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Upgrading or polarization? Occupational change in Britain, Germany, Spain and Switzerland, 1990-2008

Daniel Oesch () and Jorge Rodriguez Menes

MPRA Paper from University Library of Munich, Germany

Abstract: We analyze the pattern of occupational change over the last two decades in Britain, Germany, Spain and Switzerland: which jobs have been expanding – high-paid jobs, low-paid jobs or both? Based on individual-level data, we examine what hypothesis is most consistent with the observed change: skill-biased technical change, routinization, skill supply evolution or wage-setting institutions? Our analysis reveals massive occupational upgrading that closely matches educational expansion: employment expanded most at the top of the occupational hierarchy, among managers and professionals. In parallel, mid-range occupations (clerks and production workers) declined relative to those at the bottom (interpersonal service workers). This U-shaped pattern of upgrading is consistent with the routinization hypothesis: technology seems a better substitute for average-paid clerical and manufacturing jobs than for low-end service employment. Yet country differences in low-paid service job creation suggest that wage-setting institutions play an important role, channelling technological change into more or less polarized patterns of upgrading.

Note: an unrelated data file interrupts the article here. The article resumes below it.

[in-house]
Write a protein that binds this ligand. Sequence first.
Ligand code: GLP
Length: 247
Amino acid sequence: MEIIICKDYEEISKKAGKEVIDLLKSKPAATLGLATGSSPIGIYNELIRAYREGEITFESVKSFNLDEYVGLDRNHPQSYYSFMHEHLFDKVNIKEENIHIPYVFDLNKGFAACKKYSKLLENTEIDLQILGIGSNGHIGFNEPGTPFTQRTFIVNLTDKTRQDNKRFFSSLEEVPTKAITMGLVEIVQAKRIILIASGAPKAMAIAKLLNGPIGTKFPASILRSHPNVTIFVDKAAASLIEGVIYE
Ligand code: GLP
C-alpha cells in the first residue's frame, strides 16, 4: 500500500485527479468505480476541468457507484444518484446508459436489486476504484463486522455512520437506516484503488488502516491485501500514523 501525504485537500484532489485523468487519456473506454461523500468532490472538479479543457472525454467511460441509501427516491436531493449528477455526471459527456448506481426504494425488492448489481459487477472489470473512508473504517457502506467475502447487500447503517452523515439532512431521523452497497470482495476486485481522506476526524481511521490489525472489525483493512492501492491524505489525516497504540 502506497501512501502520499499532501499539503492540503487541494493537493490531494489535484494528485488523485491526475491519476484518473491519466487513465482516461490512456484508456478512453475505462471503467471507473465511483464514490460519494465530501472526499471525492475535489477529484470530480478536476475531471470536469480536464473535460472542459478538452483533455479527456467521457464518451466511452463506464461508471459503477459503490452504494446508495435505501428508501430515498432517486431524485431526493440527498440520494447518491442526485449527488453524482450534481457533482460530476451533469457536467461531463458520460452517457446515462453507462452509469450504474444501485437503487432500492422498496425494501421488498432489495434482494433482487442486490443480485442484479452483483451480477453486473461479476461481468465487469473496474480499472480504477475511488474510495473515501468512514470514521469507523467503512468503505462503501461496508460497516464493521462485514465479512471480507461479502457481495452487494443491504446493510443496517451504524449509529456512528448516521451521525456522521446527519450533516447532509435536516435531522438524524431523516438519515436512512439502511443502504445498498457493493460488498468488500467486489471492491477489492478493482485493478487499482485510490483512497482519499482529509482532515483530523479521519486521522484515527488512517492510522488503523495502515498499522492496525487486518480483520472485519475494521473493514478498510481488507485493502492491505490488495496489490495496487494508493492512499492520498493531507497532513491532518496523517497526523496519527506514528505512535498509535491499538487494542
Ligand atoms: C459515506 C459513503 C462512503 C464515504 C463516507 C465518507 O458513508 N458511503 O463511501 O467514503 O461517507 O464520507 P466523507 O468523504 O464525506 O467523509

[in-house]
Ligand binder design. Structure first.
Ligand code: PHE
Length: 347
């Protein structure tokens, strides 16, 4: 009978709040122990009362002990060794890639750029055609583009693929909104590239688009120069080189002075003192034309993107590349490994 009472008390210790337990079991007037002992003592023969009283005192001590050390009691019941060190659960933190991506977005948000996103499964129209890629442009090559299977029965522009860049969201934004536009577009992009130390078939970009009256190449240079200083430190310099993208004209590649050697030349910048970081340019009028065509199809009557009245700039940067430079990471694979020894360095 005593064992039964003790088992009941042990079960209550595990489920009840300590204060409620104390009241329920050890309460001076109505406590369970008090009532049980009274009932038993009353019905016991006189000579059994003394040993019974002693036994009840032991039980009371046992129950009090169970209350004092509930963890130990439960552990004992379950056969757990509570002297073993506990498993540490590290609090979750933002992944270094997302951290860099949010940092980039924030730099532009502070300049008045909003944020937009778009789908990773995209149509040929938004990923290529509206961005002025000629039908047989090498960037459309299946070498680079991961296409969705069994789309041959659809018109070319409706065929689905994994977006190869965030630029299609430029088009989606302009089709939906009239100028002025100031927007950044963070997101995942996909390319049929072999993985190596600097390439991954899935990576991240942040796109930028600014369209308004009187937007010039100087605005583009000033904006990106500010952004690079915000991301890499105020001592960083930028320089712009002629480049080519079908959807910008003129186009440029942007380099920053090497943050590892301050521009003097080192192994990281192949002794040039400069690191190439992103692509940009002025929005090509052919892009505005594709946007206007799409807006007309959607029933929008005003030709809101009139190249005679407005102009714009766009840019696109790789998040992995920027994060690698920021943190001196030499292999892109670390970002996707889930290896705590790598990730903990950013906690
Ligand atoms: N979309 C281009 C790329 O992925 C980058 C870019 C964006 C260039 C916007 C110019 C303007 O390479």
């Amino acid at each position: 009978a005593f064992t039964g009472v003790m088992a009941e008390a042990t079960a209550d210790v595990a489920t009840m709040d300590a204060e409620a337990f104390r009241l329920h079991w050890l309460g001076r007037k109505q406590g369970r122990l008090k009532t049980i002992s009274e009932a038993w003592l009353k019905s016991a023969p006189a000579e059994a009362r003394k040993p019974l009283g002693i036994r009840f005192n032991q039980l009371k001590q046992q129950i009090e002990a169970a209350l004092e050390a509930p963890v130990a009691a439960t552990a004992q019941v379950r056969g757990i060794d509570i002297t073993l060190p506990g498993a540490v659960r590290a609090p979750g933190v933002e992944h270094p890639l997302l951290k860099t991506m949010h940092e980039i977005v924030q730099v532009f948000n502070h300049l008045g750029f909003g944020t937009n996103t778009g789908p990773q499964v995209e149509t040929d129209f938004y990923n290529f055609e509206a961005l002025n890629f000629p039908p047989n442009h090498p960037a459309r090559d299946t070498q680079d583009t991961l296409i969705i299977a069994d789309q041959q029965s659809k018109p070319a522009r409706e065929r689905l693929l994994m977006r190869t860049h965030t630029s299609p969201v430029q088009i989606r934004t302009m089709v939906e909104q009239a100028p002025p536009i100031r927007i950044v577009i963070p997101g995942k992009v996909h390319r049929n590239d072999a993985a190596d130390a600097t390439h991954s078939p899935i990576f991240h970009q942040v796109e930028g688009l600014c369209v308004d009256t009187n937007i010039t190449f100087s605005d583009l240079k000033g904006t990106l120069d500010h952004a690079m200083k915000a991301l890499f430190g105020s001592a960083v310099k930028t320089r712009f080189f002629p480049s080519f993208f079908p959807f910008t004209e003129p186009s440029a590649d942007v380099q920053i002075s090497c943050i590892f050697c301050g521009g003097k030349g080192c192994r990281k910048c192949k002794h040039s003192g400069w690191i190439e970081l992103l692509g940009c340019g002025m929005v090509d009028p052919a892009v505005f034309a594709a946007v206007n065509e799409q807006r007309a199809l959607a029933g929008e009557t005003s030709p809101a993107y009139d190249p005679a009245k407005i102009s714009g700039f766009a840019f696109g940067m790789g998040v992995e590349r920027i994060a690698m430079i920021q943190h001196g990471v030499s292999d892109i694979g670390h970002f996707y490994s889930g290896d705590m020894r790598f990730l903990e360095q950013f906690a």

Keywords: employment; labour market institutions; technological change; inequality; occupations (search for similar items in EconPapers)
JEL-codes: J21 P52 (search for similar items in EconPapers)
Date: 2010-01-29
New Economics Papers: this item is included in nep-eur and nep-lab
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Citations: View citations in EconPapers (40) Track citations by RSS feed

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